A live example of the code: https://dmarcisovska.github.io/ml5-posenet-cat/
Github code: https://github.com/dmarcisovska/ml5-posenet-cat
I had a lot of fun creating my last ml5.js app – which classifies a photo using mobileNet. For this project, I wanted to dive deeper into ml5.js. After exploring the ml5.js website, I thought it would be fun to use the poseNet pre-trained model to draw features on my face – poseNet is a machine learning model that allows for real-time human pose estimation by finding different points on your body and face.
The ml5.js poseNet cat app I created turns the viewers’ face into a cat. I used PoseNet to find the eyes, and p5.js to draw cat eyes on the eye location. I did the same for the whiskers, nose and ears. I added in some extra math so the cat parts will resize depending on how far the user is away from the camera. I then added in some buttons that are linked to audio files so the user can have a meowing, hissing, or purring noise in the background if they choose.
To create the html framework I added in the external script tags needed to run ml5.js poseNet, p5.js, Bootstrap and Google Fonts. I added in three buttons that the user will be able to press to generate cat noises. Each of these buttons is tied to a function that activates an audio file. I also added in 3 audio file html elements into the page – these are hidden on the website.
I added in a background image of cats. I added in some styling for the canvas – I wanted it to look like a picture frame so I added in extra padding. I rotate the webcam screen slightly for a cool effect on the screen. I also pushed the buttons to the bottom of the page.
I created 3 functions for activating the noises on the website – meow, purr, hiss. Whenever a user clicks on a button, it will activate the corresponding noise. In function setup the canvas is initiated and a size is set to it.
In the gotPoses function I check if there are poses present, if more than 0 poses are present then I assign a pose to the pose array. The pose array contains x, y coordinates (just like the x,y graphs we had to make back in middle/high school) for specific locations on the face and body. For example my left eye is located at: pose.leftEye.x, pose.leftEye.y, and my nose is located at the position: pose.nose.x, pose.nose.y.
In the draw function I calculate the distance between the eyes and set it to a variable of d. I use the d for resizing the shapes depending on how far or close I am to the screen.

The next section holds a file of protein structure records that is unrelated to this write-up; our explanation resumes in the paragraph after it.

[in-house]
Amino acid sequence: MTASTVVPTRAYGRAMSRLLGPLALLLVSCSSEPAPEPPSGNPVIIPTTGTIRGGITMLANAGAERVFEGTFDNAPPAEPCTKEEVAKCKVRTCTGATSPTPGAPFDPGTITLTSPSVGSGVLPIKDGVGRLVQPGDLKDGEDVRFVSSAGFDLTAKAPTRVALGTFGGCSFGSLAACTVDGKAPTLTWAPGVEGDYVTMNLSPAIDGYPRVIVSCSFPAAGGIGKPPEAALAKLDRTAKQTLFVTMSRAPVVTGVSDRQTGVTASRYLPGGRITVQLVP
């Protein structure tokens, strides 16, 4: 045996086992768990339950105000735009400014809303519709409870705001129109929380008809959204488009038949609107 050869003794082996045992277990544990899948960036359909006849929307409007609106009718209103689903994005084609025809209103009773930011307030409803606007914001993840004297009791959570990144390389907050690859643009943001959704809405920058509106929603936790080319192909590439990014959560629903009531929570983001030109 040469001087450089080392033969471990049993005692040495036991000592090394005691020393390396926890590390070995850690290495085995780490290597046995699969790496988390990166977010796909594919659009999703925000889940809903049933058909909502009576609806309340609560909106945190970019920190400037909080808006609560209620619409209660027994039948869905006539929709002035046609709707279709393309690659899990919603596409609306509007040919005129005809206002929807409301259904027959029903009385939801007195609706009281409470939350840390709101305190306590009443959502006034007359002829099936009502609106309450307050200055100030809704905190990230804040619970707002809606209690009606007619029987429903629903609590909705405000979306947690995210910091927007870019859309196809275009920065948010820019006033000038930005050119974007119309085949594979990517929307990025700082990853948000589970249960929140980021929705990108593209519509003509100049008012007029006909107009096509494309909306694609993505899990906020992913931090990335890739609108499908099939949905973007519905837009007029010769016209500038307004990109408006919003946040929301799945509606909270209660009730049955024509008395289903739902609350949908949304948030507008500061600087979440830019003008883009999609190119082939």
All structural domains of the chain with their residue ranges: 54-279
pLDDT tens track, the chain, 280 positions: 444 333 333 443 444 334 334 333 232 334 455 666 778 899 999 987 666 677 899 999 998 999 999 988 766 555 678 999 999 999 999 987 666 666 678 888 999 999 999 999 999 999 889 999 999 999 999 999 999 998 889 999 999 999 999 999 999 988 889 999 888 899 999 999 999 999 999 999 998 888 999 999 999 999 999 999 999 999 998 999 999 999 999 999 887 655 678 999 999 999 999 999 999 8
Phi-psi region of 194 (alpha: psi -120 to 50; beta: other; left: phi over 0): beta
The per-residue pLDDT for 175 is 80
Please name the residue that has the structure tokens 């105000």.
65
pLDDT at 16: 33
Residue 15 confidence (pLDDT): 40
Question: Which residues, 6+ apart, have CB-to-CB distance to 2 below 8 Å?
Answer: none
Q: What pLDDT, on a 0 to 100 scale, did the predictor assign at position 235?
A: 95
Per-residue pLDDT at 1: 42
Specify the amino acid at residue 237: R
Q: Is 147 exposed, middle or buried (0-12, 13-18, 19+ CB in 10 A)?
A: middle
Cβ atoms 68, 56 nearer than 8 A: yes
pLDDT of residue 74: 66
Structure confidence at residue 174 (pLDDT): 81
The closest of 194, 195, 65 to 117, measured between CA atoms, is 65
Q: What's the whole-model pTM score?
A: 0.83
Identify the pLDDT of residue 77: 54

The outer eye was created using the ellipse p5 shape. I used p5.js to create all the shapes. The first two numbers are the x and y coordinates, and the 2nd two numbers are the width and the height: ellipse(x, y, w, h). The width and the height are variables of the distance (variable d) between eyes, so the eyes would resize depending on how far or close a user is the screen. To calculate these d variables, I played around with different numbers until I reached a desired image result. I created the inner eye using a similar method. I used the ellipse from p5 again. I gave the inner eyes a shorter width, and a different color. The inner eyes width and height were set to variables of d as well so they will resize upon how far the user is from the computer.
To calculate the nose I used the triangle p5.js tool. The triangle in p5.js is calculated by 3 coordinates of where you want the triangle placed: triangle(x1, y1, x2, y2, x3, y3). I played around with different variables of d until the nose was in the right position. I used d variables so the nose would resize correctly.
I used a similar method for calculating inner and outer ears. I used the same triangle formula as above to calculate the ears as well. I played around with different coordinates until they were in the correct position. I used the nose as a reference from which to base the ear coordinates on, but could have also used eyes as a reference as well. I made the coordinates variables of d so they would resize. I made the outer ear larger than the inner ear. The outer ear is black and the inner ear is a salmon color.
To draw the whiskers I used the line function from p5.js: line(x1, y1, x2, y2). To do so I specified two sets of points I wanted the line to connect to. I made these points variables of d like with the other shapes.
Voilà! This was a really fun project and demonstrates the capabilities of poseNet.